News Closing
John F. Baker -- 11/13/00, the online rights-trading operation that was activated at the London Book Fair this spring (News, Mar. 13), is shutting down, with its executives explaining that most publishers and agents are "not ready to solve their subsidiary rights problems in a way that will create a sustainable, real-world business" for those offering an online trading option.

CEO J l Fishman told PW that "customer acquisition costs were enormous in relation to the potential for revenue, and getting to critical mass was just going to take too long." Sales and marketing manager Jacqueline LeDonne added, "We can't wait for the publishing world to catch up to history. We had a brilliant service, but not enough people were using it or paying for what they did use. You can't just bleed and bleed."

In a joint statement, the two said that although they were convinced that online rights trading could benefit the "cumbersome and laborious process" in use at present, the question was whether these changes could be executed in the context of a sustainable business model. "Recently, our investors and we came to the conclusion that this cannot be done any time soon." They added, "We know that our competitors will keep trying in this market, and may even succeed by their own measures."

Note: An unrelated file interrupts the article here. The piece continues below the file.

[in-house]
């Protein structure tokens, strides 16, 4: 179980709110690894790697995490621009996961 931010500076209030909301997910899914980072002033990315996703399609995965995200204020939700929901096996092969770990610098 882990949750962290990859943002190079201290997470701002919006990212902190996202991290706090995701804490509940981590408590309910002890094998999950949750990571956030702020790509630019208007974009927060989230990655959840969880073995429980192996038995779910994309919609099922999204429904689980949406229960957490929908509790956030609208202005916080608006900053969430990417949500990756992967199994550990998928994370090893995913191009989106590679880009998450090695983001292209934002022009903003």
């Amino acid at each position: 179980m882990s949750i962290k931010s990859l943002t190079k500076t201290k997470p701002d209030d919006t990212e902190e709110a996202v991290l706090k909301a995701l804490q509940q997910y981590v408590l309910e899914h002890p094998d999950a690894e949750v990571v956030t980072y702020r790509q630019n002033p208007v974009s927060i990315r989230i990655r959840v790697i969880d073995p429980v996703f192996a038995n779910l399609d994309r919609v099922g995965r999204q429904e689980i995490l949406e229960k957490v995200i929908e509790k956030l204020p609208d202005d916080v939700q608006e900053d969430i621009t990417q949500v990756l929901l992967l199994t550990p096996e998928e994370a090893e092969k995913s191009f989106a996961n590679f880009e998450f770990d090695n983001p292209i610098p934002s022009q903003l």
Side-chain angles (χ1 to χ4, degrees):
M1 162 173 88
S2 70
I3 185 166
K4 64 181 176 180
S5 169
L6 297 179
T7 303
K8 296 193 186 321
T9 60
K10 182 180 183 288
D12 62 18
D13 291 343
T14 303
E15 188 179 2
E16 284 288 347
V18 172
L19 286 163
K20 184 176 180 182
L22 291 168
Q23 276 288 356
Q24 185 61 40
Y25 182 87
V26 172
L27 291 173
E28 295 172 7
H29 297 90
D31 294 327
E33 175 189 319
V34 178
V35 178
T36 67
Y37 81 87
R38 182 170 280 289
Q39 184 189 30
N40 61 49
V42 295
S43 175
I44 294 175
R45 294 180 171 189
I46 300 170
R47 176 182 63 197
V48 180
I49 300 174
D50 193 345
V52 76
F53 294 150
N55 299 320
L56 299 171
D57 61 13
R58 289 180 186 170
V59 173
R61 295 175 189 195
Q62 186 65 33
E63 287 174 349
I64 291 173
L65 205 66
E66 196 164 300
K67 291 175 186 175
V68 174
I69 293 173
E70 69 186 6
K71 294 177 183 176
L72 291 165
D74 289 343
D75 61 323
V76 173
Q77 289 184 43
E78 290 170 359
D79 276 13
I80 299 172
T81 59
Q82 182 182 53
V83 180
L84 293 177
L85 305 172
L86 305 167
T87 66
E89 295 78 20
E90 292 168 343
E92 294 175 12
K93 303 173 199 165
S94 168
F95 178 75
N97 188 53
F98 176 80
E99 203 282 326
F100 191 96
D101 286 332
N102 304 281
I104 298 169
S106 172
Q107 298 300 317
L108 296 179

Kip Parent, CEO of, the largest of the small group of online rights-trading companies, told PW: "I think the people at Subrights selected the wrong model. Publishers and agents never wanted a system for buying and selling rights in eBay fashion. Our system is set up as an application, where customers can do business with each other as they wish. Our business is accelerating, and I remain very excited about the online future."

Fishman and LeDonne noted that their agreement to acquire the Paul Marsh agency in London, which worked closely with Subrights, was never consummated, and that their decision to close down would not affect the agency or its clients.

They offered to make their software, which "created the most cutting-edge Internet rights site in the book business," available to anyone wishing to license it. They said that altogether nearly 500 buyers and sellers had registered to use the site.